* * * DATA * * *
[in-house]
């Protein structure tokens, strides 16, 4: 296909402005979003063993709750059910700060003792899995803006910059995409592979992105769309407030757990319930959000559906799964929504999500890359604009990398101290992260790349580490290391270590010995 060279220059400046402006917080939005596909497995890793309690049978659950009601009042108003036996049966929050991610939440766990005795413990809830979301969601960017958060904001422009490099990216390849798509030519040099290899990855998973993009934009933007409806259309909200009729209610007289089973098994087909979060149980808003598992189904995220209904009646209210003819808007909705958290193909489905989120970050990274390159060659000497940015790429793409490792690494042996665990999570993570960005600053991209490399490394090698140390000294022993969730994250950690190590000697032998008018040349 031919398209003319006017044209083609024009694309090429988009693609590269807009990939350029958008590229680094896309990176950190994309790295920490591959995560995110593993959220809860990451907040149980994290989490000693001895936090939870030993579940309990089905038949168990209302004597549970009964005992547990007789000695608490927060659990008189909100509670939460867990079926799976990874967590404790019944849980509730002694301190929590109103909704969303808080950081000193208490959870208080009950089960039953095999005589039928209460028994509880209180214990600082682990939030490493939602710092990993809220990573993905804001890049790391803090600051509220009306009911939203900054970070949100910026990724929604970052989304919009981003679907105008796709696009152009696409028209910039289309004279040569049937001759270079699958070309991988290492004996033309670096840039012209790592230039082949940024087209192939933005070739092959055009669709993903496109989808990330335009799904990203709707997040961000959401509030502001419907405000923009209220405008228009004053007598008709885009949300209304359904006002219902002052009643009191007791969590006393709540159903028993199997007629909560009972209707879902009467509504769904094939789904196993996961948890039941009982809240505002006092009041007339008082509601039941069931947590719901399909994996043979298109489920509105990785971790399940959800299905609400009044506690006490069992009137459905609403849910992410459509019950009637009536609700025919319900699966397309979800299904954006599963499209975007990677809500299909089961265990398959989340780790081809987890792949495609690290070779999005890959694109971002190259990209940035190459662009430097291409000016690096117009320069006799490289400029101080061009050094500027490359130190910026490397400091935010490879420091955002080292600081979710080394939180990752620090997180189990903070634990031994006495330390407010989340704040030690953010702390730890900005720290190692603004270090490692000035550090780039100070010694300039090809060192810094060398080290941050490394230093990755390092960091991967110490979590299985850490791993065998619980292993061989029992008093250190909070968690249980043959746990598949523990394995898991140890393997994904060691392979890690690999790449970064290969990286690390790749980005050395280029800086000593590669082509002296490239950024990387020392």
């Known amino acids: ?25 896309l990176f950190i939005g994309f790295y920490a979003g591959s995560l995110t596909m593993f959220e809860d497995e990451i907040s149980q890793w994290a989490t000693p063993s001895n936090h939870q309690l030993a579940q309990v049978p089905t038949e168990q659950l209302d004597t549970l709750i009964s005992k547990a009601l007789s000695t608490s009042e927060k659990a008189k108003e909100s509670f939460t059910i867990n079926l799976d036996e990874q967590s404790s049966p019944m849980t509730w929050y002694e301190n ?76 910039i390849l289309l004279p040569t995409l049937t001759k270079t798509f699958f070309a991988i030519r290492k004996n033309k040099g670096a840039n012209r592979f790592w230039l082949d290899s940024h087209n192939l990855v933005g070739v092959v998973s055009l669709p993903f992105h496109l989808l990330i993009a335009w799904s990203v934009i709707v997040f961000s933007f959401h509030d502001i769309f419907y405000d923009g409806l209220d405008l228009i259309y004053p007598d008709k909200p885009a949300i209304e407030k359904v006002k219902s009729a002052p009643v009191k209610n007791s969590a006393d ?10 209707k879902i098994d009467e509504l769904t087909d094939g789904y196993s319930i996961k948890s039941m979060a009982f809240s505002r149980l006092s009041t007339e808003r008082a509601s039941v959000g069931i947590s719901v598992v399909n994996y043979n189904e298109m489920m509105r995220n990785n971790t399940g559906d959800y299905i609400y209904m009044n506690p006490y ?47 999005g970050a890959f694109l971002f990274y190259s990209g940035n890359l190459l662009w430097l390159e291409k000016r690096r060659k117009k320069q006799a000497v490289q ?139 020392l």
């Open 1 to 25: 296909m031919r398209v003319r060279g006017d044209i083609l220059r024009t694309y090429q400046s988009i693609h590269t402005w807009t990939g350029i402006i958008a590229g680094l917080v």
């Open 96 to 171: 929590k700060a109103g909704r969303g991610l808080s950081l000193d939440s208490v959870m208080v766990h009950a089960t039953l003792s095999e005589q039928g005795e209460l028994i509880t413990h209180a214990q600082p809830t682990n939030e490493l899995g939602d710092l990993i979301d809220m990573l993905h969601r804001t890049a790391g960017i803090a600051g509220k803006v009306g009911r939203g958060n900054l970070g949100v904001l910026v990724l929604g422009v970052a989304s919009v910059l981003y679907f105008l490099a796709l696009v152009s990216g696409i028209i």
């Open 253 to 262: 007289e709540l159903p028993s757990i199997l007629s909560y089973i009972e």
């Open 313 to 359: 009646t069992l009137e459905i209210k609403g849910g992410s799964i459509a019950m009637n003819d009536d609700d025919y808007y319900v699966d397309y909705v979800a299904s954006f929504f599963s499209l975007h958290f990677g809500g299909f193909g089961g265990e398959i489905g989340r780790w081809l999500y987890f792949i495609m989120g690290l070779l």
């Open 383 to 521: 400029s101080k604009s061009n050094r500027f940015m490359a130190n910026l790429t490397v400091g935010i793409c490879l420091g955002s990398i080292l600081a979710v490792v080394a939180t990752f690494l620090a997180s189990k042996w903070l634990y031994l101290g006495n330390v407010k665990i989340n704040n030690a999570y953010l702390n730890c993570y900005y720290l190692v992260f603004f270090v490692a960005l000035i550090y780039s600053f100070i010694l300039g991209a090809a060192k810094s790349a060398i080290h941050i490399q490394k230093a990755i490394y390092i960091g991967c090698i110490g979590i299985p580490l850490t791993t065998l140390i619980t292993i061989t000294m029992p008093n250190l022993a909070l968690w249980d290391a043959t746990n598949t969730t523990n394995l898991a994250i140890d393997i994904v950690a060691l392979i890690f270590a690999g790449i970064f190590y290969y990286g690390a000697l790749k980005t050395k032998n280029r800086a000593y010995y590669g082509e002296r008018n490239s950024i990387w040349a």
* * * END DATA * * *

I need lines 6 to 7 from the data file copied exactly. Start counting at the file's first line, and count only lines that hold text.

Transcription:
């Open 253 to 262: 007289e709540l159903p028993s757990i199997l007629s909560y089973i009972e």
């Open 313 to 359: 009646t069992l009137e459905i209210k609403g849910g992410s799964i459509a019950m009637n003819d009536d609700d025919y808007y319900v699966d397309y909705v979800a299904s954006f929504f599963s499209l975007h958290f990677g809500g299909f193909g089961g265990e398959i489905g989340r780790w081809l999500y987890f792949i495609m989120g690290l070779l």